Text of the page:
Hemingway, Ernest (1926). The Sun Also Rises. New York: Scribner’s Sons.
This was Hemingway’s first novel, written shortly after a visit to Spain, where the novel is mostly set. It famously features vividly colorful descriptions of bullfights and the running of the bulls in Pamplona.
The story is a love triangle. First-person protagonist, Jake, an American newspaperman in Paris, is in love with an English aristocrat, Lady Brett, and she reciprocates his love, but they are held apart by the fact that Jake was wounded in World War I and is impotent. As Lady Brett has high libido and enjoys expressing it, her relationship with Jake is doomed to Platonic frustration. The other acute angle is Robert Cohn, a close friend of Jake’s in Paris, and a Jew, who sleeps with Brett (who doesn’t?), but he took the encounter as proof of true love.
Over the course of the novel, Jake comes to be jealous of Cohn and breaks off the friendship, even though he knows he himself can never be a competitor for Brett. For her part, Brett scorns Cohn’s possessive mooning and vows to marry Mike, another gentleman. This crowd is soon joined in Spain by Bill, an American gentleman.
And they are all gentlemen of means. Only Jake is a working man (although he doesn’t actually do much work in the novel, but at least he has a job and plenty of money). The others are idle and rich. They knock about Europe aimlessly, bored and drunk, treating the locals badly, hoping perhaps to find some kind of direction, or at least amusement, which is how they ended up in Basque country.
The narrative of the story is 95% drinking, eating, getting drunk, being drunk, sleeping it off, getting up at noon, eating again and getting drunk again immediately. Prodigious quantities of alcohol, more than what is believable, are consumed by all.
Brett becomes smitten by a young bullfighter and runs off with him, to everyone’s dismay, and the party is over. Jake finds her in Madrid, alone and broke. He takes her home.
Plot, there is none. Story through-line, no. The text is mostly a set of loosely connected, impressionistic scenes featuring all these characters being drunk. The balance is the vivid descriptions of the festival of bulls that they all watch, drunk. So why is this considered one of the greatest American novels?
It does leave you with a feeling for how affluent Westerners after the war were left without meaning and direction. The war had been so brutal, destructive, and stupid, that the prior values of the aristocracy were destroyed. The upper classes can only reign over the rest of us if we look to them as paragons of virtue. If nothing means anything anymore, and virtue is undefined, the rich have nothing to do but get drunk. That sense of mood was palpable in the novel, a considerable achievement. In that way, it is comparable to how Robert Bowles, in The Sheltering Sky, evoked the nihilism that prevailed after World War II.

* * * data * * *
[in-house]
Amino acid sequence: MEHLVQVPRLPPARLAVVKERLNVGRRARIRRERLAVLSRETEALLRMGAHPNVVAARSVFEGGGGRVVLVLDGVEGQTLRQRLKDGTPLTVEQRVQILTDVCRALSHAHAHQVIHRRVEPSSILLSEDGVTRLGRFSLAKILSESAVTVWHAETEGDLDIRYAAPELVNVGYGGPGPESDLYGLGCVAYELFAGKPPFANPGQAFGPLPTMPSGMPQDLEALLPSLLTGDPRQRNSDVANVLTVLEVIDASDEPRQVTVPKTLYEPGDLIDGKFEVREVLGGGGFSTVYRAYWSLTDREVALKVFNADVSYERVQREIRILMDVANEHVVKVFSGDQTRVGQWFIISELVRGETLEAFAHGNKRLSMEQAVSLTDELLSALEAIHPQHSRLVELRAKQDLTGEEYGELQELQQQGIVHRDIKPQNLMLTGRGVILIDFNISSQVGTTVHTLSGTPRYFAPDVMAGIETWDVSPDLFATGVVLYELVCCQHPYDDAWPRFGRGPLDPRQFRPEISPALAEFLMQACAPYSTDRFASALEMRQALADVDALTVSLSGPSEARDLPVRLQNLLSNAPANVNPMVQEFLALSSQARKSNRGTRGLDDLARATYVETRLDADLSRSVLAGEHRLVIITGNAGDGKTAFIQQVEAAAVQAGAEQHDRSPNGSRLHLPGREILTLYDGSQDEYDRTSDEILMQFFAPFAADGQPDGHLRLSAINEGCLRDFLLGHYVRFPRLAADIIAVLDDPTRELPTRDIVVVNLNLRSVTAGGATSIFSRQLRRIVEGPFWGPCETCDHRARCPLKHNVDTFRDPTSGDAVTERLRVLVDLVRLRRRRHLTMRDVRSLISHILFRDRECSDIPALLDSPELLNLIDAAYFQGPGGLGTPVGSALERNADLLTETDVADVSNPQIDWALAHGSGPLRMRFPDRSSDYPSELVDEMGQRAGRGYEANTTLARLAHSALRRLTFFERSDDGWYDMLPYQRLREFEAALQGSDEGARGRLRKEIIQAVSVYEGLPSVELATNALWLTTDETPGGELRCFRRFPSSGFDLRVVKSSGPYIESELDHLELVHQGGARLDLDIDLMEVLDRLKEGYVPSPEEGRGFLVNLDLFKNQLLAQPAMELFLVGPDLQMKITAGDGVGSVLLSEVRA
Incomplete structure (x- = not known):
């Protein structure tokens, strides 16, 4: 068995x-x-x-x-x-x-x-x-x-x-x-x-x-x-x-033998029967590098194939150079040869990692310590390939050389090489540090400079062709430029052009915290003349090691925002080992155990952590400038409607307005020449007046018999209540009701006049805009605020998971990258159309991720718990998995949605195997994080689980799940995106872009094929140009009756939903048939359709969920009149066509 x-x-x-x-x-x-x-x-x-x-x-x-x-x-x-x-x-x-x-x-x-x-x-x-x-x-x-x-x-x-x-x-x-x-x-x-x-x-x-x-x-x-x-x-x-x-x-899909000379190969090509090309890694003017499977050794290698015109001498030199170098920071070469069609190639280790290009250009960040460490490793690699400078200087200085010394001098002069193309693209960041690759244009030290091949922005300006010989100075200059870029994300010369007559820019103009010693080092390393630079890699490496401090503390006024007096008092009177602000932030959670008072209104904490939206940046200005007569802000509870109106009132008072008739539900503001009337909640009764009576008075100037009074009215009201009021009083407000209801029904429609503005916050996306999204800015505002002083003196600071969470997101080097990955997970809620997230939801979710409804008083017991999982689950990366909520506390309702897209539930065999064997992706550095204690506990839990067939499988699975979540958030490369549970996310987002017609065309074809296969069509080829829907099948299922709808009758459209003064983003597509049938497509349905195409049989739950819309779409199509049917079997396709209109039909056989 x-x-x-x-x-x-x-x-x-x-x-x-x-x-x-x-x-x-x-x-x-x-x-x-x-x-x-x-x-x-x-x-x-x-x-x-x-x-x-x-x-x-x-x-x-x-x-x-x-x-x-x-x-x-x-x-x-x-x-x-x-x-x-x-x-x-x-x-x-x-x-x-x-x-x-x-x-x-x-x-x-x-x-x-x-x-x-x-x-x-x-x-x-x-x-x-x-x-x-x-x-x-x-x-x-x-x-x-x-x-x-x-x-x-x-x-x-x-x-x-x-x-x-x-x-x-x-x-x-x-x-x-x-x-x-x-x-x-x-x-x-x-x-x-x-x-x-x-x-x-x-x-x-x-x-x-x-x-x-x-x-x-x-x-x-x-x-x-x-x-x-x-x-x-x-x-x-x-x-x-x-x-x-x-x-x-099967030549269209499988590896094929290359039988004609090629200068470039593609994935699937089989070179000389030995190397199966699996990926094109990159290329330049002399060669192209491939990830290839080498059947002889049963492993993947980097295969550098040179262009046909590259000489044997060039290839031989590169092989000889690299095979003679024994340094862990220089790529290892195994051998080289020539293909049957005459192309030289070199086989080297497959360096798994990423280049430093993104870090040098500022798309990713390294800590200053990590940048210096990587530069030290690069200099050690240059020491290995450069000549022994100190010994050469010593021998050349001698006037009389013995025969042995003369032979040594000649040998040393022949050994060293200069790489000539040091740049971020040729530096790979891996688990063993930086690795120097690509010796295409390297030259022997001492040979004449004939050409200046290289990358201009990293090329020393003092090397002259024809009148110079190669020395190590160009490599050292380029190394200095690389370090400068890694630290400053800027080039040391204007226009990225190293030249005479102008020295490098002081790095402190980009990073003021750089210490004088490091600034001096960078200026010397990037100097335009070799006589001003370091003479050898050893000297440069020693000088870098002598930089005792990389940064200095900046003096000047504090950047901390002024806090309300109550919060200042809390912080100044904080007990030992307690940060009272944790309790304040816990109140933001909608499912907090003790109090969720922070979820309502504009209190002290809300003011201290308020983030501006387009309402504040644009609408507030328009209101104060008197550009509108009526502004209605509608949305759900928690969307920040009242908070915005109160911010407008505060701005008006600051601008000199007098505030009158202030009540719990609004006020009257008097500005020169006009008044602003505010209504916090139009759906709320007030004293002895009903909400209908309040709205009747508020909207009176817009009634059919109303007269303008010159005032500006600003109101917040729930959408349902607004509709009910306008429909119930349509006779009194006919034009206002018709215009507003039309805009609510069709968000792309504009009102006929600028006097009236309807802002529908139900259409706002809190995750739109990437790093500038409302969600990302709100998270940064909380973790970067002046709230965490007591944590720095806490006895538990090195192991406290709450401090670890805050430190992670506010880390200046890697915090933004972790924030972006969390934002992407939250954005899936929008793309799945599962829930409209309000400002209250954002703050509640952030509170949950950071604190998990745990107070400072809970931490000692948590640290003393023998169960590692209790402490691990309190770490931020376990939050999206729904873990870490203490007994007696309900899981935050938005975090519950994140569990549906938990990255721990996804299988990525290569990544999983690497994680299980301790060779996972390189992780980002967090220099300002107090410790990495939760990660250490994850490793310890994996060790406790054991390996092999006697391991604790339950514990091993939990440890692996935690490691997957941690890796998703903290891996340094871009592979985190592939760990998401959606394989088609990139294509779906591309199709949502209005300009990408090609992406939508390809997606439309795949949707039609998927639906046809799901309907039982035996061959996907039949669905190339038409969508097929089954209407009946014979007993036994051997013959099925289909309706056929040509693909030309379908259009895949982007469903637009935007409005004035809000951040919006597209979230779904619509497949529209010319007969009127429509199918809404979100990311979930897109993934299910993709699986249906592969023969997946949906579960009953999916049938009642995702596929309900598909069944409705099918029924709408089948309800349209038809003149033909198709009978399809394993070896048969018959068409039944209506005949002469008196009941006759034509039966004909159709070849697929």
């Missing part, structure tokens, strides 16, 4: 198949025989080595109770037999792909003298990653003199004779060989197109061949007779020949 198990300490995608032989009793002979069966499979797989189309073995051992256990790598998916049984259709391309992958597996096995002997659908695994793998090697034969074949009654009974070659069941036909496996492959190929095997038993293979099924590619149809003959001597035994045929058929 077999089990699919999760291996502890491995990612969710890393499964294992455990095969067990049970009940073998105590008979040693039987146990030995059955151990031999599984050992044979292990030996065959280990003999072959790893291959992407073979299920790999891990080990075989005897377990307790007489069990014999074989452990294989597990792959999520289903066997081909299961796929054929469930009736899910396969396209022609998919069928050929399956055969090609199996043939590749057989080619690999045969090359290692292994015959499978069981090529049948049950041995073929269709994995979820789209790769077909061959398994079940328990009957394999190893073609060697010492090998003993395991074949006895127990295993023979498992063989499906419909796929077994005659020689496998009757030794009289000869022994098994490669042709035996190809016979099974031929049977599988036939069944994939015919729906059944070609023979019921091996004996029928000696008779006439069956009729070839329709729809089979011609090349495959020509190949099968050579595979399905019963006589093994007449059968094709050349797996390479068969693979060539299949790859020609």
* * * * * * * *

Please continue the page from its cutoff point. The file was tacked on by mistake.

The writing is Hemingway-esque, as it were. It’s hard to find an adjective or adverb anywhere in the book. Subordinate clauses? Forget about them. Everything is written in simple sentences with strong nouns and verbs. That is certainly worth noting, although The Old Man and the Sea is a better demonstration of that style.
There are some sub-themes of minor interest. Brett’s promiscuity would have been radical at the time, as the traditional roles for women changed in the 1920’s. Jake’s quiet nobility (though he is not a nobleman) is interesting, especially since he is deprived of reproductive capacity, which seems to stand for his “manhood.” He is thus the least among the men, yet the most admirable.
Jake makes up for his deficiency perhaps by being enthralled with the bulls. The bullfight is a symbol for the War – cruel and bloody, but ultimately pointless, staged for the amusement of the callous few. The heavy drinking might be a comment on prohibition in America. The frustrated relationship between Jake and Brett is enigmatic, implying as it does that love requires sex, but proving just the opposite. These themes are all interesting, though subtle and not particularly insightful.
The dialog is appallingly repetitive and boring. Yes, there is the occasional subtext, for example, where sexual jealousy of Cohn is expressed as anti-Semitism, but this is not Hills Like White Elephants. It is just plain, boring dialog, and there is lots of it to wade through.
May a bull gore my belly for feeling only lukewarm about this iconic novel, but apart from the colorful descriptions and Hemingway’s terse writing style, The book is only mildly interesting. Worth the read because it is short, and because you cannot hold your head high if you have not read it, but it does not go on my list of favorites.